NEW YORK (AP) — An early 200-point charge turned the Dow Jones industrial average positive for the year following a dismal stretch in May.
The Dow surged 212 points to 12,340 shortly in afternoon trading, That's an increase of 1.8 percent.
All 30 Dow stocks were higher, led by Bank of America, up 6 percent. The last time the Dow gained more than 200 points was March 13.
The big jump follows weeks of losses, including a 275-point plunge last Friday set off by a surprisingly weak reading on the U.S. job market. Hope that European officials would find ways to ease the region's debt crisis helped launch the rally Wednesday. Reuters reported that Germany and European Union officials were moving quickly to find a way to rescue Spain's hobbled banks.
A speech by a Federal Reserve official also led to speculation that the Federal Reserve may take more steps to bolster the economic recovery. Dennis Lockhart, president of the Fed's Atlanta regional bank, says the weak job growth over the past two months highlighted the "halting and tenuous" recovery. If the trend continues, "further monetary actions to support the recovery will certainly need to be considered," he said.
Federal Reserve Chairman Ben Bernanke will likely be asked about more actions to help the economy when he testifies before a congressional committee on Thursday.
Companies whose stocks have been clobbered the most over the past month had some of the strongest gains on Wednesday. Homebuilders rallied, helped by strong earnings from Hovnanian Enterprises and rising applications for new mortgages. Hovnanian's CEO said he sees signs that the housing industry may be entering the early stages of recovery. The Mortgage Bankers Association reported that applications for mortgages rose 1.3 percent last week, largely a result of more people trying to refinance their existing loans.
Hovnanian leapt 16 percent. PulteGroup Inc. surged 6percent and Lennar Corp. 3 percent.
The gains were broad. Just 19 of the companies in the S&P 500 dropped, and every industry group in the index rose, led by energy companies and financial firms. More than eight stocks rose for every one that fell on the New York Stock Exchange.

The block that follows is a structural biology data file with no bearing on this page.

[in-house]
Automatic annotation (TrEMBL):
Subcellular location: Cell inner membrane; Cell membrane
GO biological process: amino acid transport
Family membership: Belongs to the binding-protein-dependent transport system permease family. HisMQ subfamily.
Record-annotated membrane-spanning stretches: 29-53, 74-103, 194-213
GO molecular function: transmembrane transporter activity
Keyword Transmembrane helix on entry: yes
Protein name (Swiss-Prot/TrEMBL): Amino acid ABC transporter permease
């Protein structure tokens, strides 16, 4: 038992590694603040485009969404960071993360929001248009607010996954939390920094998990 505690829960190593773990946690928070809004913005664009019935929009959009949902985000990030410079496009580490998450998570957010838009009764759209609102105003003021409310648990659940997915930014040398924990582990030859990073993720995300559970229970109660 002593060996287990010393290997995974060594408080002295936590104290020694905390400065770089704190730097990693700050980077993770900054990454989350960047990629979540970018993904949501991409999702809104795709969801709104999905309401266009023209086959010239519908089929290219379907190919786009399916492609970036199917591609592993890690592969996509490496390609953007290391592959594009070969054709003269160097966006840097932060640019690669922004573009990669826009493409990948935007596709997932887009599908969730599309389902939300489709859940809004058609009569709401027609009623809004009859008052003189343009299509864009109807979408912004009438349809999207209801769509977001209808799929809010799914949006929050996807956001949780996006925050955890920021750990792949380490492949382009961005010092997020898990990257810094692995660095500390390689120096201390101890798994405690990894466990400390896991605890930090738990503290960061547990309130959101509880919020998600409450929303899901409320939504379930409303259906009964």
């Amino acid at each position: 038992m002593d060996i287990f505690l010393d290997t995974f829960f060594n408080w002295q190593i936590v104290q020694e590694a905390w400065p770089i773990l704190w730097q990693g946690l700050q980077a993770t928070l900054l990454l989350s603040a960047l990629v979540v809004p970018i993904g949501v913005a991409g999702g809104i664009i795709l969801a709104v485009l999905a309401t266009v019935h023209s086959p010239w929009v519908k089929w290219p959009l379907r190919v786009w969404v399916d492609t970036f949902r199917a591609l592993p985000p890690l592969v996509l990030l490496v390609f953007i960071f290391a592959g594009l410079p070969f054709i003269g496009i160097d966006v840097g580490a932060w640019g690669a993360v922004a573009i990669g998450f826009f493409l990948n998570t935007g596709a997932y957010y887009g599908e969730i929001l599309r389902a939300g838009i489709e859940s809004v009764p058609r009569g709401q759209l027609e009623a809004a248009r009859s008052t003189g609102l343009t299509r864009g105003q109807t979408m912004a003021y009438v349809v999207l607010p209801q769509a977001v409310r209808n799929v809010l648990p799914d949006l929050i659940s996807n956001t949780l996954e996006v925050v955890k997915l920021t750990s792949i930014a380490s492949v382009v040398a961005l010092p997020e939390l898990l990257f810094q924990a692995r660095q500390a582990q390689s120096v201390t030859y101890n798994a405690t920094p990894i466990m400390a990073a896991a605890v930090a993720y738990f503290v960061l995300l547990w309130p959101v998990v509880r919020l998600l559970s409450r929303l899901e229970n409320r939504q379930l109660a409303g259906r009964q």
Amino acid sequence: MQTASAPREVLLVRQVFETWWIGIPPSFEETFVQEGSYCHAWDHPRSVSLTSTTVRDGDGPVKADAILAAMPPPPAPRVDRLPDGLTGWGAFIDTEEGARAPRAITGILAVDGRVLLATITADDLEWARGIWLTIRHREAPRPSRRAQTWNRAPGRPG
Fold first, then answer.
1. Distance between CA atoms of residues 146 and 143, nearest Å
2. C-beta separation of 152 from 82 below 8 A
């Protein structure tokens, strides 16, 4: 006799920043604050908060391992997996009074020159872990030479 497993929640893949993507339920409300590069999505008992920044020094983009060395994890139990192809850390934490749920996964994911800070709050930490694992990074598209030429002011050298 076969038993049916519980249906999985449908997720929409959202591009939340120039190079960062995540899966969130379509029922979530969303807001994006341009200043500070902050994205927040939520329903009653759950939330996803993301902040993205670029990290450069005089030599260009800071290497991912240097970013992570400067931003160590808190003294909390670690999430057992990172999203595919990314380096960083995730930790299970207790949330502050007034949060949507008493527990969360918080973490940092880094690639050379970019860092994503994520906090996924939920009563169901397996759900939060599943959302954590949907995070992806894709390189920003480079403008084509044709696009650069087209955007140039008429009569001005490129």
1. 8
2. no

The dollar dipped and Treasury yields rose as investors moved money out of defensive investments. The yield on the benchmark rose to 1.63 percent from 1.57 percent late Tuesday.
Jim Russell, chief equity strategist at U.S. Bank Wealth Management in Cincinnati, Ohio, said it's natural for the market to have a strong day after an extended beat-down.
"In market language, it's called a technical bounce," he said. "It's consistent with a 'relief rally.' There's no bad news today, so the market goes up. Frankly, it's that simple."
U.S. markets followed major European indexes higher. Indexes rose 2.4 percent in the U.K. and France. Borrowing costs eased for Spain, another positive sign.
In other trading, the Standard & Poor's 500 rose 22 points to 1,308. The Nasdaq composite rose 54 points to 2,832.
Among stocks making big moves:
— Morgan Stanley jumped 5 percent amid reports that the Blackstone Group and other private equity firms may try to buy a stake in the bank's commodities business.
— UnitedHealth Group gained 2 percent after the health insurer said it will raise its quarterly dividend from 16 cents to 21 cents per share . The board also approved a plan to buy back stock.
— Tempur-Pedic International plunged 49 percent. The mattress maker said it expects quarterly profits to fall by half compared to last year. Tempur-Pedic blamed its competitors' aggressive marketing campaigns and promotions for hurting its sales.